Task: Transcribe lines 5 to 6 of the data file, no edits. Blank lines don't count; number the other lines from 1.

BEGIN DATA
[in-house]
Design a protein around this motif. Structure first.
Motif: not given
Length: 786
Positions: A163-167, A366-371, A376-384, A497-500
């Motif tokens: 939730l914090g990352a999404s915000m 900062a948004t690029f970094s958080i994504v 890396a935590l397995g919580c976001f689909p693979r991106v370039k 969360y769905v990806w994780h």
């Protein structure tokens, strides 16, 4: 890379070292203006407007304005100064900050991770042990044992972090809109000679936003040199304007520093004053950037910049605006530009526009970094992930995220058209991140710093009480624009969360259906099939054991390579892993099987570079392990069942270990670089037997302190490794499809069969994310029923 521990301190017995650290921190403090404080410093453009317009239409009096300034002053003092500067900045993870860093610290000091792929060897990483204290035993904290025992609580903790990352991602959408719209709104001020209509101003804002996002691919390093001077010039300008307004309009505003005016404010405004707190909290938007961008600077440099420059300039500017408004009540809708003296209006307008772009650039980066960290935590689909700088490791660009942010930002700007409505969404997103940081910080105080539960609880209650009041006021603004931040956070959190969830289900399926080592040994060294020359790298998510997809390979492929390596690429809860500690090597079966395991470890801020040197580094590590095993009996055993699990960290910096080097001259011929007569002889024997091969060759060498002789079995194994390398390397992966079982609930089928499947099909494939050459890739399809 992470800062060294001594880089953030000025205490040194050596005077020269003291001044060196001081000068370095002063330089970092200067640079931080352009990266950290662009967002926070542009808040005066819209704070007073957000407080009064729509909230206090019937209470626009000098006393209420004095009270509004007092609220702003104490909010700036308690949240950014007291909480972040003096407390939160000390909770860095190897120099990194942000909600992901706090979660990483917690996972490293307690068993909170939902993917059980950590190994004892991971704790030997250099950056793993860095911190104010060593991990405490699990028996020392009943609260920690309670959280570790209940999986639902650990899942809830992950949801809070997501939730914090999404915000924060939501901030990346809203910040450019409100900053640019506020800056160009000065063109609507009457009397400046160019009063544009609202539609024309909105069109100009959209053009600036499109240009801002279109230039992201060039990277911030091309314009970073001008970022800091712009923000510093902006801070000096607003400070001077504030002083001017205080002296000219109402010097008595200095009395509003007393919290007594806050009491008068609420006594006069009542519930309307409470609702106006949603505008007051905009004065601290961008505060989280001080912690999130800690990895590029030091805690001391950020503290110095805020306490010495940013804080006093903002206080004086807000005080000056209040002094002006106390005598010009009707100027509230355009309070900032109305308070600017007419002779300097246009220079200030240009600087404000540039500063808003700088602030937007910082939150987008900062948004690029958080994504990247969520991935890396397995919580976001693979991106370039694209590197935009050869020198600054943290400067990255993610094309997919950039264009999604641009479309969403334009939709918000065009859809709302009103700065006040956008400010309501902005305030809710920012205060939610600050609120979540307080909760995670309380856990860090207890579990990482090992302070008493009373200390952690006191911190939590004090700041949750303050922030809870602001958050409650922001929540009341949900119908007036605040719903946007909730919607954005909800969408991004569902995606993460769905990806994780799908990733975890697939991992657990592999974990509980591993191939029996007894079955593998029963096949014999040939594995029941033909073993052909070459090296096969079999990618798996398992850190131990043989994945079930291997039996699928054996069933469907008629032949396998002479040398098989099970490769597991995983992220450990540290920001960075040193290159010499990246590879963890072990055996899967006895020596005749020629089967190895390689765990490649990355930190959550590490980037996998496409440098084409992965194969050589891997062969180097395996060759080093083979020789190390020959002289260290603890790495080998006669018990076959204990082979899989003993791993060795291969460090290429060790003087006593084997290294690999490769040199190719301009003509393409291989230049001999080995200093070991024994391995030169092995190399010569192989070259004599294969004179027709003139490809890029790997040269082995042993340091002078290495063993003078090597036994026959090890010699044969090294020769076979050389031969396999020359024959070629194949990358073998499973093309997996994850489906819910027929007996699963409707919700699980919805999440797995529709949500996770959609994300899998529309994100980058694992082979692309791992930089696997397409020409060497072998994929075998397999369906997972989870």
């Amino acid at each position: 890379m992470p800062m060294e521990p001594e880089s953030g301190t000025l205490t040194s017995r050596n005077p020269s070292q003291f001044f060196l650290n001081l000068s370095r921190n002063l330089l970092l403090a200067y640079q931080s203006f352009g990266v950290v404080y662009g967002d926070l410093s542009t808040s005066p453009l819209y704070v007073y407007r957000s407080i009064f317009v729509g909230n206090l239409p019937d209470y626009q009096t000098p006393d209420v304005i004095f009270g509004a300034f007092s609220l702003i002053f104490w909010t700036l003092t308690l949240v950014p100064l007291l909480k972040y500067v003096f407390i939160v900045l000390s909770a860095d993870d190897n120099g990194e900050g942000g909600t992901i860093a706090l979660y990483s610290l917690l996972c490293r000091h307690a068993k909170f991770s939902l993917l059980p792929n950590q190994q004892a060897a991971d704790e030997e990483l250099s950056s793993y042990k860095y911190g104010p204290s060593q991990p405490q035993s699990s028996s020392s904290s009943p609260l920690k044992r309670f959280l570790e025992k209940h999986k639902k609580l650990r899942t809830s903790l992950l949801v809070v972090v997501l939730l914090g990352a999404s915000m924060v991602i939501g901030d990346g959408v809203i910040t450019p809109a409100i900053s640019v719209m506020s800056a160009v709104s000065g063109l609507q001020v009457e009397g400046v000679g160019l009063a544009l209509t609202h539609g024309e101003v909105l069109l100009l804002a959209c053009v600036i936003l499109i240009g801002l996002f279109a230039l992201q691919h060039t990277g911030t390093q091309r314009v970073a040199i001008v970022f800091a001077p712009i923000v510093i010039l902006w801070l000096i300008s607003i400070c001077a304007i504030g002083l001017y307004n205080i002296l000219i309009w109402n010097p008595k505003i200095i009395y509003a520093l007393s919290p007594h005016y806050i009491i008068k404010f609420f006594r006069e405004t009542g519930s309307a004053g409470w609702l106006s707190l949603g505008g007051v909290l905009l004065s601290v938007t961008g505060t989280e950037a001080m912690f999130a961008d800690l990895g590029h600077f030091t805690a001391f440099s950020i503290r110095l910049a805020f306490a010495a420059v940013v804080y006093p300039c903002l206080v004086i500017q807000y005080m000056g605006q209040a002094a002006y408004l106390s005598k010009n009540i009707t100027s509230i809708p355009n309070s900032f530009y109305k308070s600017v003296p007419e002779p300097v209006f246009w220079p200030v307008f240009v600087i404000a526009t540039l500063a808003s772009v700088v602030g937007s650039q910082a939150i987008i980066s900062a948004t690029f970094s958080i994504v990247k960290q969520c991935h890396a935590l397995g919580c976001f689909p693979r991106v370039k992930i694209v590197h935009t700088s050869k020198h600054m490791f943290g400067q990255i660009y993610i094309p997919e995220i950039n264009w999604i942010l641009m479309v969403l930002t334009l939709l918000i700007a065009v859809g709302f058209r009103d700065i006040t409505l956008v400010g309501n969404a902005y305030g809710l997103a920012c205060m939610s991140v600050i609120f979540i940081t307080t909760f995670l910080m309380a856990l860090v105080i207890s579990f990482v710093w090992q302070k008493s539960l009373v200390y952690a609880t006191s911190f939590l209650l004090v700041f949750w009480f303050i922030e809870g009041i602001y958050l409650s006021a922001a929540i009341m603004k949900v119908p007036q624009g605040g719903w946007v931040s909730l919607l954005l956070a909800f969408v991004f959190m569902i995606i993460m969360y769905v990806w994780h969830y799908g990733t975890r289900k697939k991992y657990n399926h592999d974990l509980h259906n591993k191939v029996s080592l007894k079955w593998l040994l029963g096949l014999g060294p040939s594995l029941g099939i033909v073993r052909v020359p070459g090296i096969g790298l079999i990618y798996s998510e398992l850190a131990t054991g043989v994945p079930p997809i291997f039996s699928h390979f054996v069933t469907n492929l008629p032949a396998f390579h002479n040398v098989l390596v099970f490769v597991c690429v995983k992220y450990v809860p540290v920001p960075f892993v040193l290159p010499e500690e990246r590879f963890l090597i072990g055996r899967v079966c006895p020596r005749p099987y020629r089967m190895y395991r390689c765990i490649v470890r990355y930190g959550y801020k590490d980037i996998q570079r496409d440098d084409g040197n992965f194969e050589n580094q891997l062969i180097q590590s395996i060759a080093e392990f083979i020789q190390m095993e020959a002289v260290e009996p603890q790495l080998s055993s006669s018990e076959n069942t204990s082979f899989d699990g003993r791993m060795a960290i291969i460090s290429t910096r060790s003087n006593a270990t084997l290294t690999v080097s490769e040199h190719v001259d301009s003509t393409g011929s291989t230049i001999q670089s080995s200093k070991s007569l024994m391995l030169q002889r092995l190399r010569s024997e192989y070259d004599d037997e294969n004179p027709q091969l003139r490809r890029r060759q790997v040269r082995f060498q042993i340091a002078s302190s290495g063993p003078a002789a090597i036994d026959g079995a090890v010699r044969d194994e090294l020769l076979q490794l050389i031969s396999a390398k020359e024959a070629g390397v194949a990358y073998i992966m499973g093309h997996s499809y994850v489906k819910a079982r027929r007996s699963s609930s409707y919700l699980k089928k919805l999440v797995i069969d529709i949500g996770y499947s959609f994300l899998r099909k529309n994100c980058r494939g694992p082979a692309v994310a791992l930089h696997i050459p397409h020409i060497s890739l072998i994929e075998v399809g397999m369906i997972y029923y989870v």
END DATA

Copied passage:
Positions: A163-167, A366-371, A376-384, A497-500
């Motif tokens: 939730l914090g990352a999404s915000m 900062a948004t690029f970094s958080i994504v 890396a935590l397995g919580c976001f689909p693979r991106v370039k 969360y769905v990806w994780h």